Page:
Edited by Kelly Ryan Kegans
With contributors Caitlin Abrams, Ashley Camper, Anni Caylor, Gina Czupka, Liz Gardner, Shawn Gilliam, Eliesa Johnson, Allison Kaplan, Jennifer Blaise Kramer, Yena Lee, Amanda Lepinski, Rebecca Lubecki, Ceciley Pund, Taylor Selcke
Photo by Jess Sandager
People often mistake the wool for cashmere and that’s exactly what Debra Herdman and Caroline Vaaler wanted when they launched Goldfinch Blankets in Minneapolis. The chic designs of nearly 30 styles (the French Man throw, above, is based on a painting by Vaaler’s son) are made special with soft wool produced in Nepal, along with the highly skilled weavers there. goldfinchblankets.com
Go for the gold. Don’t worry about mixing different finishes in a room, says designer Nate Berkus. “Metals are meant to be mixed.” Nate Berkus End Table in Bright Gold ($129.99), Target, target.com
All natural. A locally made sculptural piece that can work in any room. Turned walnut stool ($1,675), marvinfreitas.com
Bedside buddy. Constructed of thick plywood on steel hairpin legs, this table is clear-coated but can be powder-coated on request. O-Table ($370), neudesign.co
Hello, yellow. Scandinavian in design, the Around Table is great on its own or paired with one or more. Muuto table ($449), foragemodernworkshop.com
Bright Idea: Edible Streetscapes
This summer, St. Paul was treated to The Edible Streetscape project from Urban Oasis, a sustainable food center that peppered 10 planters along East 7th Street. Each container of vegetables, herbs, and flowers represented food traditions of cultures in St. Paul’s East Side, including Hmong, Mexican, and Salvadoran. The plants went into hibernation this month, but Urban Oasis has a three-year agreement with the city of St. Paul, so these beauties will be back in May—along with a community planting day, guided walking tours, and a community meal that this year served 100 people. urbanoasismn.org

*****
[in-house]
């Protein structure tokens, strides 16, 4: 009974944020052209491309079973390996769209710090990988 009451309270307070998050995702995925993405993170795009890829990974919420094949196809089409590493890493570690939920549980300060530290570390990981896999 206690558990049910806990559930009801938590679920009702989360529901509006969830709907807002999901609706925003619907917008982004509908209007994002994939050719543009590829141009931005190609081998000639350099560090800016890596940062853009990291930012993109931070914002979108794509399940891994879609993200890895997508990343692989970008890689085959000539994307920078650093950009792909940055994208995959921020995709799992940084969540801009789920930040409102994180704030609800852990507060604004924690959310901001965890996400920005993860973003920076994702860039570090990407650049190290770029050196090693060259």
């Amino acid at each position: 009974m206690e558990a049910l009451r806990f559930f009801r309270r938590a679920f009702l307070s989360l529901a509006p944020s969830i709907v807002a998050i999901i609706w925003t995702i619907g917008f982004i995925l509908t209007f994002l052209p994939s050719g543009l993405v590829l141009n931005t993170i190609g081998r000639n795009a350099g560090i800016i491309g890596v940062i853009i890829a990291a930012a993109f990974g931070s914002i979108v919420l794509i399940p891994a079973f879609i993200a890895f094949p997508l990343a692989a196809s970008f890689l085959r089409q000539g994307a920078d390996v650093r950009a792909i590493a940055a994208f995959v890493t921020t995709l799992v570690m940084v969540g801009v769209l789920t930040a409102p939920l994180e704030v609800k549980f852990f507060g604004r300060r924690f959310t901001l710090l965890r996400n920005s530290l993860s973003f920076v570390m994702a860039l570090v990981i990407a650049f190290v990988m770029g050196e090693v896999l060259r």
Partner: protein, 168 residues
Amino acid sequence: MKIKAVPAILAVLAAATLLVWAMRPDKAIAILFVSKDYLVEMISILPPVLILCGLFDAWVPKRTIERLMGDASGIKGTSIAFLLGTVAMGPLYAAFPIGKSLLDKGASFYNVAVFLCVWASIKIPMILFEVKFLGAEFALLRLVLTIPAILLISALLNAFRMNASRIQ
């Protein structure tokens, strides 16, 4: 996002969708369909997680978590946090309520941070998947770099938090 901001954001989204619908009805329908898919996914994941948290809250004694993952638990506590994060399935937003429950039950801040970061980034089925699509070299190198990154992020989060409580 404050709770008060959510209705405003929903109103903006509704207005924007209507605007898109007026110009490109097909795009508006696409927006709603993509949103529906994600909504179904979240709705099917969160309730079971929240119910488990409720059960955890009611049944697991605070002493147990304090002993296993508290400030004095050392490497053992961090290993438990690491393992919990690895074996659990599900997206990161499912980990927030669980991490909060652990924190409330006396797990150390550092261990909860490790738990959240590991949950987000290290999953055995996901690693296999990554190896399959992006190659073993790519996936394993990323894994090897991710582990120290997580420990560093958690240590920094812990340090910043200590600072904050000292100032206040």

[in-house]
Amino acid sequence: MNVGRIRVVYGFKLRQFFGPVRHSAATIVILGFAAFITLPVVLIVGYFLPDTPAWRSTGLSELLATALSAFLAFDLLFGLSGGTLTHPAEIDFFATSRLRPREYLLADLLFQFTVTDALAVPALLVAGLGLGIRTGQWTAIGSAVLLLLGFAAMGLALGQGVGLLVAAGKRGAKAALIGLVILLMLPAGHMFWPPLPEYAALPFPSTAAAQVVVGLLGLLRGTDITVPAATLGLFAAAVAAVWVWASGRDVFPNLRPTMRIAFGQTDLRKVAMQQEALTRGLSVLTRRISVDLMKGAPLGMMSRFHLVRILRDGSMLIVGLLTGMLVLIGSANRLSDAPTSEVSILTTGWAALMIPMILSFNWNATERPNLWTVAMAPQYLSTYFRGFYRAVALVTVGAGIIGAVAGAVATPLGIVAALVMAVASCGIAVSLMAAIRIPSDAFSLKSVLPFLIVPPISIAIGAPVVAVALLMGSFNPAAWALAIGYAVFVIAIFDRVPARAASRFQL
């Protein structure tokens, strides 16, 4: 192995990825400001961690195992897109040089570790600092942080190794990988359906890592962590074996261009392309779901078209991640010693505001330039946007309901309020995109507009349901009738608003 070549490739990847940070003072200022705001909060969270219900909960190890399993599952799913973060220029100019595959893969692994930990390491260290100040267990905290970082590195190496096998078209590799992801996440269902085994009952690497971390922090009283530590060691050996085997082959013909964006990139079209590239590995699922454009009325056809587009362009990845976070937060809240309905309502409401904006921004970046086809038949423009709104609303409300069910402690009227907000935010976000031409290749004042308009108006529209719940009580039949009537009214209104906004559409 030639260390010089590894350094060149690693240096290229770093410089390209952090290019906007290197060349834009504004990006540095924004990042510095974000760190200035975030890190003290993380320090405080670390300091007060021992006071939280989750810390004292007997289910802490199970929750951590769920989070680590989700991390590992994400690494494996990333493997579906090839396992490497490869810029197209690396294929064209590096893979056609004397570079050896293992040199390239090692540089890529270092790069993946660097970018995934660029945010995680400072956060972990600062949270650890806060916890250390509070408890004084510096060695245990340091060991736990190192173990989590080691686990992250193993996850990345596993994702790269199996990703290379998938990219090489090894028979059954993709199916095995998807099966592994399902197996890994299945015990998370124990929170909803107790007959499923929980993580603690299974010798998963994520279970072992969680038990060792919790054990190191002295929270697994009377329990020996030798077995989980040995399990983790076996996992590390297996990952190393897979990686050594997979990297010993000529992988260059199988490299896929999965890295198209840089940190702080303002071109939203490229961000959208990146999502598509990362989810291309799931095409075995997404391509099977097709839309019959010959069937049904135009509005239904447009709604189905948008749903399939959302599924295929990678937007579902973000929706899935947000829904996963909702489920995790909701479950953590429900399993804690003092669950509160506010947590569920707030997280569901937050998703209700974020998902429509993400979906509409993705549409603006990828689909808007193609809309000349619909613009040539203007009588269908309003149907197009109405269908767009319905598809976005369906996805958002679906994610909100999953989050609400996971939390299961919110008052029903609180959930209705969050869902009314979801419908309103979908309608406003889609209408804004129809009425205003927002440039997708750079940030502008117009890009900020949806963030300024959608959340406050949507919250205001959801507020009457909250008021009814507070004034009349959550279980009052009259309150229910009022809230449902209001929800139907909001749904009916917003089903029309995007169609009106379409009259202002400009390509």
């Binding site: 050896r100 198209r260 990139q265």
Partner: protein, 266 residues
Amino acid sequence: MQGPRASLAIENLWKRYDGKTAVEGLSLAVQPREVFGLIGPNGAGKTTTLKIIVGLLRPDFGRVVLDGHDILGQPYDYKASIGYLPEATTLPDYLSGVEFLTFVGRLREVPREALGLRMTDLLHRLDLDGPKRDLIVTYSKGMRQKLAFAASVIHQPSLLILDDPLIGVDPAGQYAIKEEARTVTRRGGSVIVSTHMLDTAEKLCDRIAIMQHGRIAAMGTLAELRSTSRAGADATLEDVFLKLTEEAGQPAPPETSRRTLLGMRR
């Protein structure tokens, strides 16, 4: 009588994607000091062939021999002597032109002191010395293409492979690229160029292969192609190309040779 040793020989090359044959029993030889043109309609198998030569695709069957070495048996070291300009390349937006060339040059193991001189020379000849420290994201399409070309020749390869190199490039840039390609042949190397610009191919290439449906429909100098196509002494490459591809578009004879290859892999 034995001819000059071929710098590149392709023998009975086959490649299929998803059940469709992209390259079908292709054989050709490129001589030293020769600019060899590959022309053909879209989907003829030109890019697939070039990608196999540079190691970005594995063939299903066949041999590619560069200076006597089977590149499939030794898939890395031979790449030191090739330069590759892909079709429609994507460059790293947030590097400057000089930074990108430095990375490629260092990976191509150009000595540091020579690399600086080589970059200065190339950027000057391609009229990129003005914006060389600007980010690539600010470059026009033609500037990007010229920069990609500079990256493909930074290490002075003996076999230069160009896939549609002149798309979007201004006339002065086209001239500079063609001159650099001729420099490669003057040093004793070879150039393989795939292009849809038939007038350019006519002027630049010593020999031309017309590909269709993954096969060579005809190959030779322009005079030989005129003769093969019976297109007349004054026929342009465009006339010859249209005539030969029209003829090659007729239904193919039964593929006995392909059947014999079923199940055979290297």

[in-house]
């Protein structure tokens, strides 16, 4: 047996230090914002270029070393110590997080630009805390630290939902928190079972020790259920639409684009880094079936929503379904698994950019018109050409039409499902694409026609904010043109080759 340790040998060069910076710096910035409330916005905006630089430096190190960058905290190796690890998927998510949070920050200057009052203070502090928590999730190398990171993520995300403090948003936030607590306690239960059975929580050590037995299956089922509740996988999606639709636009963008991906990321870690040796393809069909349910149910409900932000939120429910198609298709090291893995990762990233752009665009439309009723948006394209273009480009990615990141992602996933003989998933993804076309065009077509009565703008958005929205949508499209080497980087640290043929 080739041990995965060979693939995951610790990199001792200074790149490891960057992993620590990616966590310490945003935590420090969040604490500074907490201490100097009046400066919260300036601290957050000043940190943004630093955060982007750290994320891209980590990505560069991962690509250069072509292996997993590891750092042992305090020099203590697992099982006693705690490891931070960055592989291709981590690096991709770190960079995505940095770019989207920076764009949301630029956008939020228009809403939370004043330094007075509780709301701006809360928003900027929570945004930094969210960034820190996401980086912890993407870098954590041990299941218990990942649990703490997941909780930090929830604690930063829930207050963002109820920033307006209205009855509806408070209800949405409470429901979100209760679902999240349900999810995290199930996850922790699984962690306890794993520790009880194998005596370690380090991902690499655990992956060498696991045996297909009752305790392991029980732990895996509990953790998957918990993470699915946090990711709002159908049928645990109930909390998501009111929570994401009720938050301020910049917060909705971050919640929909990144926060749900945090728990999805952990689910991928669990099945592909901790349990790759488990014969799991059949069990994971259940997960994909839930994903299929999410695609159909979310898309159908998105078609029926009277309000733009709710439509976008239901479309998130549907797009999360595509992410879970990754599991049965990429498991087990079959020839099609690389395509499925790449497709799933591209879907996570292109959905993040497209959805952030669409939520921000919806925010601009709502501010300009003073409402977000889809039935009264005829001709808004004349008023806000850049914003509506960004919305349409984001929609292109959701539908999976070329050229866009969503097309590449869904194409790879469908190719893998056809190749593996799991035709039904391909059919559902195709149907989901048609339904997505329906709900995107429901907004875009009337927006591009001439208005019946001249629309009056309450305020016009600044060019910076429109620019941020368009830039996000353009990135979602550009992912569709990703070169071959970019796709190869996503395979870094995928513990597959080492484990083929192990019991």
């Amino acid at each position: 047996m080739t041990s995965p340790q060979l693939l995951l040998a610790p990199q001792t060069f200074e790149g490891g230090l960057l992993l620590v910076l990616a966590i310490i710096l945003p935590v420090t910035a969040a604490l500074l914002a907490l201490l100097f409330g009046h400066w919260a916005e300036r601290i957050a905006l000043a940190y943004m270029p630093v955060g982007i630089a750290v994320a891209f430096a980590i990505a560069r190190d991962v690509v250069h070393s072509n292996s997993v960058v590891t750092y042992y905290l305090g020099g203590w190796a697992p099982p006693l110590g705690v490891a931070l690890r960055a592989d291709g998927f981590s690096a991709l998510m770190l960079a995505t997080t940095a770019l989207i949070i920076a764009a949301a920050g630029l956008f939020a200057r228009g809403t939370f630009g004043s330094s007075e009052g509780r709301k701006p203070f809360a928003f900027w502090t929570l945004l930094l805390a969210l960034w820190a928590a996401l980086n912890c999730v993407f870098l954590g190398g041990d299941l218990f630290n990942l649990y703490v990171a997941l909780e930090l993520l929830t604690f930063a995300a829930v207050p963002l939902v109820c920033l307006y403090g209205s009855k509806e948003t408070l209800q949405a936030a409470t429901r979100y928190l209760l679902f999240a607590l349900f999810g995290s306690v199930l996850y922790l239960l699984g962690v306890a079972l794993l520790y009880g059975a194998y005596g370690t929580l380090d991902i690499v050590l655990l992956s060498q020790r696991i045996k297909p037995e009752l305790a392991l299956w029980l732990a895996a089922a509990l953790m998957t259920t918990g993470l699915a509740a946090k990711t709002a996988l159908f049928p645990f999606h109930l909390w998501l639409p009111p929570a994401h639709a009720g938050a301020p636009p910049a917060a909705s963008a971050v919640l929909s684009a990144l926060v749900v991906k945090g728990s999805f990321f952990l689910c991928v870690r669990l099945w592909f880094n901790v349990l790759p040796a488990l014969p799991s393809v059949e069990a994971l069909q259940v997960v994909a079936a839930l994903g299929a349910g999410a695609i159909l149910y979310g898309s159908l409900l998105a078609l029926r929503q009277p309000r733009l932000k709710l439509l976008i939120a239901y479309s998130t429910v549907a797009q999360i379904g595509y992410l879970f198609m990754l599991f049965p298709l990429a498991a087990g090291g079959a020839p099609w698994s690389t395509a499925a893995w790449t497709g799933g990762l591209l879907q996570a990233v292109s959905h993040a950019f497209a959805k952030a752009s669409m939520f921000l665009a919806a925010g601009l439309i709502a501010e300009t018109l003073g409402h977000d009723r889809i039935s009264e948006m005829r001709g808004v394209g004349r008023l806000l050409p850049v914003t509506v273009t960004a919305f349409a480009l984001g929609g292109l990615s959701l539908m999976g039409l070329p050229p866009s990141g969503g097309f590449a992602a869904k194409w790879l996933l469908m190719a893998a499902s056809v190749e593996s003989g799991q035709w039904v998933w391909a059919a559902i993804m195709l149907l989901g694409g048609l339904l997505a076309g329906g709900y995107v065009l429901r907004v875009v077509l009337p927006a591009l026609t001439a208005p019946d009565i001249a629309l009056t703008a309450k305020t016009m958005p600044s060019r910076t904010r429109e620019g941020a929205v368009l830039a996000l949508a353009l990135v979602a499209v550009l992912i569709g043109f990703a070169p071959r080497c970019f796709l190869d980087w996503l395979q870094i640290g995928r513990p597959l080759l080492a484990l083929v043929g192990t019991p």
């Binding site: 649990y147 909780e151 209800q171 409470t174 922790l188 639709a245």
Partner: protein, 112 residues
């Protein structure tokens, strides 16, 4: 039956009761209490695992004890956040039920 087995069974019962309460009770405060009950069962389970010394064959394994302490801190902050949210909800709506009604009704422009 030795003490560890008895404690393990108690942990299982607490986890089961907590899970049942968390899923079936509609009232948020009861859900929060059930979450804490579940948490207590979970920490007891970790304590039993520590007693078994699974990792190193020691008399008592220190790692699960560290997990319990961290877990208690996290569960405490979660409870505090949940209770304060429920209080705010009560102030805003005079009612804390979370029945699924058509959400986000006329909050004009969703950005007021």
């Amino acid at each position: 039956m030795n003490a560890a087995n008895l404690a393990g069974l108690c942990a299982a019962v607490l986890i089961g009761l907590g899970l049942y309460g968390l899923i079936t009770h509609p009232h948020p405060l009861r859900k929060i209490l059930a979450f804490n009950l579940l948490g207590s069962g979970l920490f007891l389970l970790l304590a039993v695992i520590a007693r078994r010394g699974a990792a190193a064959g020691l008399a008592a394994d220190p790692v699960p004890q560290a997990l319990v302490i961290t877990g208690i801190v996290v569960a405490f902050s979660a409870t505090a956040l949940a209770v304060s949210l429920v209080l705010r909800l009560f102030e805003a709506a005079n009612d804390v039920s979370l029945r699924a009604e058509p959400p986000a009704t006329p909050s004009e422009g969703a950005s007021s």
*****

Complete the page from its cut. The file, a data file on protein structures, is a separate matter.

Word to Know: Kokedama
Step aside, succulents. Kokedama, or Japanese moss balls, contain roots in mud and moss, tied together with string. Think of Kokedama as sculptural objects, hung from a hook or curtain rod by a window. Available at 6010 Lyndale Ave. S., Mpls., 612-861-7600, bachmans.com
Kokedama or Japanese moss balls
Be creative! These little guys can sit atop candlesticks as a table centerpiece.
Spotted in Ryan and Becca Tlustosch’s new Edina home, these herringbone wood floors
by Hopkins-based Belrose & Co. were inspired by elegant European floors. Herringbone floors are a great way to give a room a sense of history and warmth.
Pantone's Fall Color Report
We asked three area designers to tell us how they would incorporate these colors at home.
1. “Warm Taupe is very versatile. . . . Pair this rich neutral with chocolate brown, black, or white for a classic look.” —Desi Creswell, Desi Interior Design
2. “Bodacious has a high-end feel but [is] playful. It would be a sophisticated way to incorporate a purple/pink into the home.” —Desi Creswell
3. “This rich shade of blue reminds me of our beautiful rivers and lakes. It’s the perfect statement color on pillows or art.” —Laura Engen, Laura Engen Interior Design